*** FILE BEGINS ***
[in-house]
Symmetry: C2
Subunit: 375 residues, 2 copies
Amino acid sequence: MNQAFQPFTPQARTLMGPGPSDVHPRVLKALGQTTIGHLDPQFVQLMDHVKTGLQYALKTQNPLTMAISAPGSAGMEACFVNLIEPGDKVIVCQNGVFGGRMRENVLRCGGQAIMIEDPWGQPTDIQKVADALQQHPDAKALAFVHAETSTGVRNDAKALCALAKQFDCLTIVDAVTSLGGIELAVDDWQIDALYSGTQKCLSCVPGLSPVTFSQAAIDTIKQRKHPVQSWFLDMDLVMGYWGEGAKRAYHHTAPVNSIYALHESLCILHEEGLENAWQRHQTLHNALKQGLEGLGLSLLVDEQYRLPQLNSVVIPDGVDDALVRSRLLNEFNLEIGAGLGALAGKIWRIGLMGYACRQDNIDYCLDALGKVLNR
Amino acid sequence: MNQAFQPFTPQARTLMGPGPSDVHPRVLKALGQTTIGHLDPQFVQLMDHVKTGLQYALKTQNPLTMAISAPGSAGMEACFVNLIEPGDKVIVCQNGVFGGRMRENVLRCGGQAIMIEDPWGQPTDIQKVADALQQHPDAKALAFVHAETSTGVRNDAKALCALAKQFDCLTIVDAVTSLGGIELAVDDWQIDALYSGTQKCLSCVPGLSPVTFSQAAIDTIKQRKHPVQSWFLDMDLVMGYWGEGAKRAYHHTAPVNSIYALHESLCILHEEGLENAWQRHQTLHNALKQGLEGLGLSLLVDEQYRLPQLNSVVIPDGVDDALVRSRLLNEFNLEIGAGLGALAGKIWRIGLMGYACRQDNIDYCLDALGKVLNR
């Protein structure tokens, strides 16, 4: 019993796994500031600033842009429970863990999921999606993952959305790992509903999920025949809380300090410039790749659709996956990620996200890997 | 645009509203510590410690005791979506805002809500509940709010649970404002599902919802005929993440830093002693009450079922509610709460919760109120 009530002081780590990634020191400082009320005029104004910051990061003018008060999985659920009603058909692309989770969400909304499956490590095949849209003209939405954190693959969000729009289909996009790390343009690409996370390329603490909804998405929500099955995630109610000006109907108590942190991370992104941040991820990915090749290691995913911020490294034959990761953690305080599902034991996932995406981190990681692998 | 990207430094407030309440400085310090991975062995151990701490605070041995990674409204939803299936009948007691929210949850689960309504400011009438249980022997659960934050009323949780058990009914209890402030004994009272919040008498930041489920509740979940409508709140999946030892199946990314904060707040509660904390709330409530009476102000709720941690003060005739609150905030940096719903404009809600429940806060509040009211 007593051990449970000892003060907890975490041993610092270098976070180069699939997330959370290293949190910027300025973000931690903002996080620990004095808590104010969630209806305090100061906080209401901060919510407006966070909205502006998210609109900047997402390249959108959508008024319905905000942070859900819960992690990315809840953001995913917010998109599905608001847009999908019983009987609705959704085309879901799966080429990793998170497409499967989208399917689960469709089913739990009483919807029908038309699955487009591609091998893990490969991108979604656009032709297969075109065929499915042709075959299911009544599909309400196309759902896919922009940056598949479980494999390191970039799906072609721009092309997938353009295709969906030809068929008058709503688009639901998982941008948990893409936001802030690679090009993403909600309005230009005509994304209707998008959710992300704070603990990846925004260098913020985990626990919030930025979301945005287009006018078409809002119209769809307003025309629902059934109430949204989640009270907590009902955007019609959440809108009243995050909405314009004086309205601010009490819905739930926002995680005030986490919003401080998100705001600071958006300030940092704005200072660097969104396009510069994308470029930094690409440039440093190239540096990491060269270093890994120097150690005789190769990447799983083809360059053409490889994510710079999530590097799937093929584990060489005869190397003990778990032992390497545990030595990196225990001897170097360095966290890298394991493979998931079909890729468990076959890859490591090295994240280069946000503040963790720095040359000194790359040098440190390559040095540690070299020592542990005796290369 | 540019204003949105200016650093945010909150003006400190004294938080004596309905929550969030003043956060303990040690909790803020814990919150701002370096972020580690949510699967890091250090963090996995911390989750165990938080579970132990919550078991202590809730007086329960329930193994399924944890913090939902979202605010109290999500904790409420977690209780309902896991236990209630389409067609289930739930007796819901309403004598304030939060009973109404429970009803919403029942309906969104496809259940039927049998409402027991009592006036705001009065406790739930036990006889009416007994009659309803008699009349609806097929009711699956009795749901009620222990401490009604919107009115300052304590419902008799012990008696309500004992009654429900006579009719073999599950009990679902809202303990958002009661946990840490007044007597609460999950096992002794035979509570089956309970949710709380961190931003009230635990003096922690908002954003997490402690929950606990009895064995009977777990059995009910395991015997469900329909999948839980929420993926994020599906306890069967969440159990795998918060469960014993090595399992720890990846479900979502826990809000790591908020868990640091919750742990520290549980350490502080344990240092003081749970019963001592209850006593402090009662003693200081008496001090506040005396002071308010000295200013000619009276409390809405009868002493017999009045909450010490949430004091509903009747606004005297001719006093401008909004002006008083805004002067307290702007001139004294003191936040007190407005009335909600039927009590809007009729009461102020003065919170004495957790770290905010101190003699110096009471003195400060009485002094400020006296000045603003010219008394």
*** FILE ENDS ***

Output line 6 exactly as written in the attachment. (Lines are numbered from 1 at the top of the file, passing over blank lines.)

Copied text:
């Protein structure tokens, strides 16, 4: 019993796994500031600033842009429970863990999921999606993952959305790992509903999920025949809380300090410039790749659709996956990620996200890997 | 645009509203510590410690005791979506805002809500509940709010649970404002599902919802005929993440830093002693009450079922509610709460919760109120 009530002081780590990634020191400082009320005029104004910051990061003018008060999985659920009603058909692309989770969400909304499956490590095949849209003209939405954190693959969000729009289909996009790390343009690409996370390329603490909804998405929500099955995630109610000006109907108590942190991370992104941040991820990915090749290691995913911020490294034959990761953690305080599902034991996932995406981190990681692998 | 990207430094407030309440400085310090991975062995151990701490605070041995990674409204939803299936009948007691929210949850689960309504400011009438249980022997659960934050009323949780058990009914209890402030004994009272919040008498930041489920509740979940409508709140999946030892199946990314904060707040509660904390709330409530009476102000709720941690003060005739609150905030940096719903404009809600429940806060509040009211 007593051990449970000892003060907890975490041993610092270098976070180069699939997330959370290293949190910027300025973000931690903002996080620990004095808590104010969630209806305090100061906080209401901060919510407006966070909205502006998210609109900047997402390249959108959508008024319905905000942070859900819960992690990315809840953001995913917010998109599905608001847009999908019983009987609705959704085309879901799966080429990793998170497409499967989208399917689960469709089913739990009483919807029908038309699955487009591609091998893990490969991108979604656009032709297969075109065929499915042709075959299911009544599909309400196309759902896919922009940056598949479980494999390191970039799906072609721009092309997938353009295709969906030809068929008058709503688009639901998982941008948990893409936001802030690679090009993403909600309005230009005509994304209707998008959710992300704070603990990846925004260098913020985990626990919030930025979301945005287009006018078409809002119209769809307003025309629902059934109430949204989640009270907590009902955007019609959440809108009243995050909405314009004086309205601010009490819905739930926002995680005030986490919003401080998100705001600071958006300030940092704005200072660097969104396009510069994308470029930094690409440039440093190239540096990491060269270093890994120097150690005789190769990447799983083809360059053409490889994510710079999530590097799937093929584990060489005869190397003990778990032992390497545990030595990196225990001897170097360095966290890298394991493979998931079909890729468990076959890859490591090295994240280069946000503040963790720095040359000194790359040098440190390559040095540690070299020592542990005796290369 | 540019204003949105200016650093945010909150003006400190004294938080004596309905929550969030003043956060303990040690909790803020814990919150701002370096972020580690949510699967890091250090963090996995911390989750165990938080579970132990919550078991202590809730007086329960329930193994399924944890913090939902979202605010109290999500904790409420977690209780309902896991236990209630389409067609289930739930007796819901309403004598304030939060009973109404429970009803919403029942309906969104496809259940039927049998409402027991009592006036705001009065406790739930036990006889009416007994009659309803008699009349609806097929009711699956009795749901009620222990401490009604919107009115300052304590419902008799012990008696309500004992009654429900006579009719073999599950009990679902809202303990958002009661946990840490007044007597609460999950096992002794035979509570089956309970949710709380961190931003009230635990003096922690908002954003997490402690929950606990009895064995009977777990059995009910395991015997469900329909999948839980929420993926994020599906306890069967969440159990795998918060469960014993090595399992720890990846479900979502826990809000790591908020868990640091919750742990520290549980350490502080344990240092003081749970019963001592209850006593402090009662003693200081008496001090506040005396002071308010000295200013000619009276409390809405009868002493017999009045909450010490949430004091509903009747606004005297001719006093401008909004002006008083805004002067307290702007001139004294003191936040007190407005009335909600039927009590809007009729009461102020003065919170004495957790770290905010101190003699110096009471003195400060009485002094400020006296000045603003010219008394």